'Operation Epsilon' review – this riveting and timely history play dissects the ethics of nuclear physics
Read our four-star review of Alan Brody's wartime drama Operation Epsilon, now in performances at Southwark Playhouse Elephant to 21 October.
The intersection of science and ethics comes under riveting scrutiny in Operation Epsilon, American writer Alan Brody’s history play now receiving a mightily ambitious British premiere Off West End.
It’s not every day you encounter a non-musical on the fringe produced to this scale. That’s to say with a cast of 11 headed by Olivier Award winner Nathaniel Parker, and with a capacious, beautifully detailed set from Janie E Howland, who designed its US premiere in Cambridge, Massachusetts, a decade ago.
The material itself may seem familiar, following upon the release of the thematically comparable Oppenheimer, not to mention a newer touring play, Farm Hall, set in that exact same location in Godmanchester, near Cambridge, as Brody’s drama is here.
But so resonant are its implications, ever-topical its import, that one simply can’t be reminded too often of the political and societal dangers of disinterest. Telling of the German scientists – some though not all avowed members of the Nazi Party – who were interned in England in 1945, the play asks whether these innovators in the world of nuclear physics can (or should) exist in a moral vacuum.
That question gains in immediacy from the shock with which they receive news of the American bombing of Japan. “I knew what was possible,” says Parker’s Nobel Laureate, Otto Hahn, who is overtaken with self-reproach at the enormity of the loss generated by dubious advances in the world of fission-fuelled weaponry.
The play has a narrator in Simon Bubb’s Major Rittner, who painstakingly introduces each of these German captives and cues us in to the passage of time travelled across two neatly paced acts. (The director here, as with this play before, is Andy Sandberg.)
The exposition may be old-fashioned but it has the advantage of clarifying what could be a bewildering collective. The cast do their bit by individualising a disparate gathering of experts and egos, few of whom will mean much in advance to most playgoers.
Presumably the best known of the lot is Werner Heisenberg, the theoretical physicist and philosopher who is the lynchpin of Michael Frayn’s more tightly focused Copenhagen. As played this time round by a sharp-eyed Gyuri Sarossy, Heisenberg is among those to wonder why he and his compatriots are being “punished”, and he takes emotional solace in tinkling away at the piano – Beethoven first and, later on, Liszt.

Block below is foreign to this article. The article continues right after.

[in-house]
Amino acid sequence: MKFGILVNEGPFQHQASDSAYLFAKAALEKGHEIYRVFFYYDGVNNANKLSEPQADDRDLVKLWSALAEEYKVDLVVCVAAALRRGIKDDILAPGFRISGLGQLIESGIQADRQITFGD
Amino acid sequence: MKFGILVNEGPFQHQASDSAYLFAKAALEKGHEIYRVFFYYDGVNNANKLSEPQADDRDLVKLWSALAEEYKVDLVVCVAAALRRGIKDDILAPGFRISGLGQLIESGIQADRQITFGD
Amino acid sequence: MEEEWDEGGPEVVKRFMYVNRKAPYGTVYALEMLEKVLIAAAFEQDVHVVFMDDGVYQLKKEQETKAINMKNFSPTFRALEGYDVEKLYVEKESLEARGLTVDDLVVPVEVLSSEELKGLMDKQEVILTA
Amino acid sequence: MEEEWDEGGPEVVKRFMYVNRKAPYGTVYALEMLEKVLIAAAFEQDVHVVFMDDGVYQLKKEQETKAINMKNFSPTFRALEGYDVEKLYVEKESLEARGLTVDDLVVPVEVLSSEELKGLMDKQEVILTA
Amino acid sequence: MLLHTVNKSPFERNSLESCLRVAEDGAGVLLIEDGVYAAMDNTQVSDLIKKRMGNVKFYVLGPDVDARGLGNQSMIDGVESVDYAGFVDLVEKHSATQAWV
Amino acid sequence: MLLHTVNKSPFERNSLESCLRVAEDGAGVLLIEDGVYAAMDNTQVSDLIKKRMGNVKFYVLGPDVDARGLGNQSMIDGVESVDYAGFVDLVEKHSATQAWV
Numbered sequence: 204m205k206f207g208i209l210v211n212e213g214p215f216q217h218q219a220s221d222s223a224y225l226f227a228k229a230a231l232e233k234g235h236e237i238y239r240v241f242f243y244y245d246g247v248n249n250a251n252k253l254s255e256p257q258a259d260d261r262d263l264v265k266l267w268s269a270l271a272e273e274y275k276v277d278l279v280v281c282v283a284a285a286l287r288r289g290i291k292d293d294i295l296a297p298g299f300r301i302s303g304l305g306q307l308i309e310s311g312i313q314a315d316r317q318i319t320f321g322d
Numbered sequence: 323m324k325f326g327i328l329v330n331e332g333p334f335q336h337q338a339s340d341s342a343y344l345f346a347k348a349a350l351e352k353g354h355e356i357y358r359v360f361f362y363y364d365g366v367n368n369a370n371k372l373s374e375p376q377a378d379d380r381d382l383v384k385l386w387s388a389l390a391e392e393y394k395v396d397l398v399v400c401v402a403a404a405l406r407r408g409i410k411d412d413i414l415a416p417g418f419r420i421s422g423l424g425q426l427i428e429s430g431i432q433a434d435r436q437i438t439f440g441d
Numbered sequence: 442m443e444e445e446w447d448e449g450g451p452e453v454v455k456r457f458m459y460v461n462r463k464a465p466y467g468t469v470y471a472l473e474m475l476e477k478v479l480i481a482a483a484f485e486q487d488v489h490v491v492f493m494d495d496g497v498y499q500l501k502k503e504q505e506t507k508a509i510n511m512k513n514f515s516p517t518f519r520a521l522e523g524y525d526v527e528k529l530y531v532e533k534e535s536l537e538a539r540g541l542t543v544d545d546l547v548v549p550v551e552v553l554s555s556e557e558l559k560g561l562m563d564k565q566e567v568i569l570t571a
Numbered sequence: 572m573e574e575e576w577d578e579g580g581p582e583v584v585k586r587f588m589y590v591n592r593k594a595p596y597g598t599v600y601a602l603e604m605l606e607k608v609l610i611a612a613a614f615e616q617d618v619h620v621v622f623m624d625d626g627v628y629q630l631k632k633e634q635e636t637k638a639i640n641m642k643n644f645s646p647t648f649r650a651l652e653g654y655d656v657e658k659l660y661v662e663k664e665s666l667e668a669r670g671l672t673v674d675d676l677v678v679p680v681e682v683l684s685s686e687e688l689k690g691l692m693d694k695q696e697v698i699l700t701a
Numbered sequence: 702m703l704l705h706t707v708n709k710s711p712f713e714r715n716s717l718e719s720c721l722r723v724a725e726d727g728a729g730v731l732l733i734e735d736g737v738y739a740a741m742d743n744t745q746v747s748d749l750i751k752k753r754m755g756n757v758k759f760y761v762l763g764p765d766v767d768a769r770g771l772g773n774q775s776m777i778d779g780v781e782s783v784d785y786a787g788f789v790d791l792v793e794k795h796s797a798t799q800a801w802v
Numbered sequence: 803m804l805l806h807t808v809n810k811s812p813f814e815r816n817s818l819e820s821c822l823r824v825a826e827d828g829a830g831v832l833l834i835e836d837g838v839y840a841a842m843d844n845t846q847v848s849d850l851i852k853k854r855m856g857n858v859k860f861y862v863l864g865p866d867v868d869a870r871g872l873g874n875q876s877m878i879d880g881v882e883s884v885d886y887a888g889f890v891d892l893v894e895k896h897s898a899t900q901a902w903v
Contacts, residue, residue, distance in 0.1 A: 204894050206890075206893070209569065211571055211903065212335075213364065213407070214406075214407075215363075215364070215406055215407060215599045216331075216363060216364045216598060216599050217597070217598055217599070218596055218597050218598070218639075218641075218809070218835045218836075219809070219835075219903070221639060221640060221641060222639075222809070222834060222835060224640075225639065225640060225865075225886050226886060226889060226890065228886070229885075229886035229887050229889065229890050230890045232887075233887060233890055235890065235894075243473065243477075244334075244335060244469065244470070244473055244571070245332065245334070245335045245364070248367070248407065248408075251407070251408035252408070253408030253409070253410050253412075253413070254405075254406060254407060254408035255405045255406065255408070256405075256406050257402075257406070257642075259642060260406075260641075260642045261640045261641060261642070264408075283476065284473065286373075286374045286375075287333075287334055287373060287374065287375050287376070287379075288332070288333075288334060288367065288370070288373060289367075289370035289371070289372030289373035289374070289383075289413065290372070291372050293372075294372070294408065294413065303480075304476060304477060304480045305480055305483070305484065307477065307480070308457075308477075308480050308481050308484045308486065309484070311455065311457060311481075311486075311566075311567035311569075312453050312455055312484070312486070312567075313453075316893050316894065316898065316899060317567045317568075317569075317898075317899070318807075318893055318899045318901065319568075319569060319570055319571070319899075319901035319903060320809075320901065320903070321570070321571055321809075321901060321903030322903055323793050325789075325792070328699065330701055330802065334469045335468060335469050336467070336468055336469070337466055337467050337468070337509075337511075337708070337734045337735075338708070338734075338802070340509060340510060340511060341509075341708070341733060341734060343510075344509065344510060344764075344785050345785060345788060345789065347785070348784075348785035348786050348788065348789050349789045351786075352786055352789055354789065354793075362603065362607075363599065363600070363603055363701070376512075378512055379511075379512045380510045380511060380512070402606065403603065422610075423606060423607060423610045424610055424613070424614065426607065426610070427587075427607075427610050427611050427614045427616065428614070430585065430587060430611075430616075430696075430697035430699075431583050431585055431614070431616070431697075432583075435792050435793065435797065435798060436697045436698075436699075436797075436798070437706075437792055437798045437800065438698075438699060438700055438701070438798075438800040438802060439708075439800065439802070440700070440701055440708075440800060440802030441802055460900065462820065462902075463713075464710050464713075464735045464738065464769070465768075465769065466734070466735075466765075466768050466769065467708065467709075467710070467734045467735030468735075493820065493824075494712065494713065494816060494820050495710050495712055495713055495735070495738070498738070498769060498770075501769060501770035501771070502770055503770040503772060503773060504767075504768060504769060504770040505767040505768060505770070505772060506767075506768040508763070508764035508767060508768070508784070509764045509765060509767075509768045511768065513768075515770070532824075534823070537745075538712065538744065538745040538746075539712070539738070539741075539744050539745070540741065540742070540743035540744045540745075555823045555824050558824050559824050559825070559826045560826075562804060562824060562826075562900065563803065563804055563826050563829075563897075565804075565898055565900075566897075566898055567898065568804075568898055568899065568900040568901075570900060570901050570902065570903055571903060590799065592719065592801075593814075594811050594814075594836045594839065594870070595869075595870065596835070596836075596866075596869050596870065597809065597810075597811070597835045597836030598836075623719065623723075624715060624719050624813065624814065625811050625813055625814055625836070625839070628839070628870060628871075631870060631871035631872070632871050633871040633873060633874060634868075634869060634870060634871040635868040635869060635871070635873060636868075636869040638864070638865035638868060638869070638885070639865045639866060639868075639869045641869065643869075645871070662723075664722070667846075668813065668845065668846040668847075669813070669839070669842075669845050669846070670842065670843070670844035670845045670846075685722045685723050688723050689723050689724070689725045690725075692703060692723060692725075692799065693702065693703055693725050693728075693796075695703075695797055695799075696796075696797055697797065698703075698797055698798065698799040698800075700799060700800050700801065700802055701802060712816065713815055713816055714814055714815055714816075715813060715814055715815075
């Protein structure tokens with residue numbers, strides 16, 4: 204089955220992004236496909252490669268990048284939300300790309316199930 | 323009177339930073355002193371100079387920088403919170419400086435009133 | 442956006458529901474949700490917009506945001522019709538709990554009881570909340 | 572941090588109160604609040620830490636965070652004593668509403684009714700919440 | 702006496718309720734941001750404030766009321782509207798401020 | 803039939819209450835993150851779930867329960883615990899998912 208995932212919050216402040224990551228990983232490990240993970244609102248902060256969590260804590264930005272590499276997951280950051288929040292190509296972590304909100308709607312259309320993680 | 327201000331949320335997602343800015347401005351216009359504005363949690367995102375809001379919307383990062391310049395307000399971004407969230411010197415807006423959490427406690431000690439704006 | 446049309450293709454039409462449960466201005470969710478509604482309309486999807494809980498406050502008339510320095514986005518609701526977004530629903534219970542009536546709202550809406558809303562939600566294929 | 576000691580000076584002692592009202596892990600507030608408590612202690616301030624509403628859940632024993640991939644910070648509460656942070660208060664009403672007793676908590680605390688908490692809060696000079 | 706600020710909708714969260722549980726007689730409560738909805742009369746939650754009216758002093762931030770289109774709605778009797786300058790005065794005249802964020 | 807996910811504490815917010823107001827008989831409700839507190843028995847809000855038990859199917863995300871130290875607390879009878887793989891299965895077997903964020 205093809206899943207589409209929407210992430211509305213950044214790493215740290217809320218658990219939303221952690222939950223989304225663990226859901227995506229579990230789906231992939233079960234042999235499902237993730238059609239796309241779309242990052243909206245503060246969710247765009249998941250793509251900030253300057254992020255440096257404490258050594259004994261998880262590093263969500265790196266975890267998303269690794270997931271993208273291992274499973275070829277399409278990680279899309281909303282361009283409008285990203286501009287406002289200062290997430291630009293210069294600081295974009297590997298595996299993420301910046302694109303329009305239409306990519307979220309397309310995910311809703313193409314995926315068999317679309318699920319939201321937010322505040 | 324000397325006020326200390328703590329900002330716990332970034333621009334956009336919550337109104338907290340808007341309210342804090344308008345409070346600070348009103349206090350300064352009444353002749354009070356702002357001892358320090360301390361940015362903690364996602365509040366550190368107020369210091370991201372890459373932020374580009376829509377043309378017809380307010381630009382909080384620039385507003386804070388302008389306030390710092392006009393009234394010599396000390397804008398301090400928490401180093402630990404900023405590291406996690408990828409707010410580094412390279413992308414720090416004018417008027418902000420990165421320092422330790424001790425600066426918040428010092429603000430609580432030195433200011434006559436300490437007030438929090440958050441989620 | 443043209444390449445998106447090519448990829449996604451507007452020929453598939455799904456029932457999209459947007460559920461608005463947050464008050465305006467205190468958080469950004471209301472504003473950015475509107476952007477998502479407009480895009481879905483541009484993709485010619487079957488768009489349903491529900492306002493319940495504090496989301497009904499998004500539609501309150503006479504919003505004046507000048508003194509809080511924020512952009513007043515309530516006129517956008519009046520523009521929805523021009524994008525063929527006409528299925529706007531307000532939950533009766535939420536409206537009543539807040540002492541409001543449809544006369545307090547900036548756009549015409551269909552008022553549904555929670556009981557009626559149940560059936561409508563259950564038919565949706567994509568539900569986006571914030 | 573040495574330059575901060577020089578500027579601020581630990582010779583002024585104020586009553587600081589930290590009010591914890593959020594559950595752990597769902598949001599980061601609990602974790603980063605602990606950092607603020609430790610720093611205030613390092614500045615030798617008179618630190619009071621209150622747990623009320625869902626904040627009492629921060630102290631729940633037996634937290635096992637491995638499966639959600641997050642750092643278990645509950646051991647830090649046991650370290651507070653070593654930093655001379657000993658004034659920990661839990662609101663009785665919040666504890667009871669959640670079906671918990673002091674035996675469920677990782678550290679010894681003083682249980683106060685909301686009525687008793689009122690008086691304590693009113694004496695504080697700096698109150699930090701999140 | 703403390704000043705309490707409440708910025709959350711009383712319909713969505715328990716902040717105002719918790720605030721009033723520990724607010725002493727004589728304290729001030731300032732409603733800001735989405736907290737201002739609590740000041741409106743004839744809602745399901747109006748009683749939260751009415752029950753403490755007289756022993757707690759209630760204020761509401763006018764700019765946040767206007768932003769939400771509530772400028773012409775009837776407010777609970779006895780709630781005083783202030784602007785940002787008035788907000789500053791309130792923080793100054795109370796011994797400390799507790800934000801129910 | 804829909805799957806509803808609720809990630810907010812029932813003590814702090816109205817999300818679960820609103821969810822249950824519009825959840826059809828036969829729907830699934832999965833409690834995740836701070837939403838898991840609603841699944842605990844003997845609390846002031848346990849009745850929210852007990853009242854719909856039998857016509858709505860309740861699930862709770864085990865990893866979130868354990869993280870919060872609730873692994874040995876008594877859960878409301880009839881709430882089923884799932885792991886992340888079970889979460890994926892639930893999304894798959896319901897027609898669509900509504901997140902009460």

“We’re scientists, not thugs,” exclaims Jake Mann’s thuggish-seeming Karl Wirtz, a nuclear physicist whose smart attire can’t disguise a scolding temperament that has no time for house arrest, even in an English country pile. (When one of the men compares their lot to being confined to a concentration camp, you wince at the monstrous absurdity of the remark.)
The cast inhabit differing points on a spectrum of bewilderment, anger and longing, and Brody is clever amidst this all-male hothouse to give the play’s last words to an unseen woman, the Austrian-Swedish scientific powerhouse, Lise Meitner, who fled the Nazis just in time.
The more keen-eyed may be surprised to see Jamie Bogyo, late of the high-profile West End musicals Moulin Rouge! and Aspects of Love, here mucking in amongst an ensemble that makes all sorts of unexpected connections.
Surely it’s no accident that Matthew Duckett’s excitable Erich Bagge, a student of Heisenberg, is given a facial resemblance to Hitler, whilst Parker’s Hahn bears a decided resemblance to Stalin – which is disconcerting to say the least.
And lest anyone think this subject matter belongs to a bygone time, look afresh at the numerous powder kegs popping up around the world on an alarming basis even now. Peace, Brody’s play reminds us, is a fragile thing, as is a society that cares about civility when chaos all too evidently lies in wait.
Photo credit: Operation Epsilon (Photo by Pamela Raith Photography)
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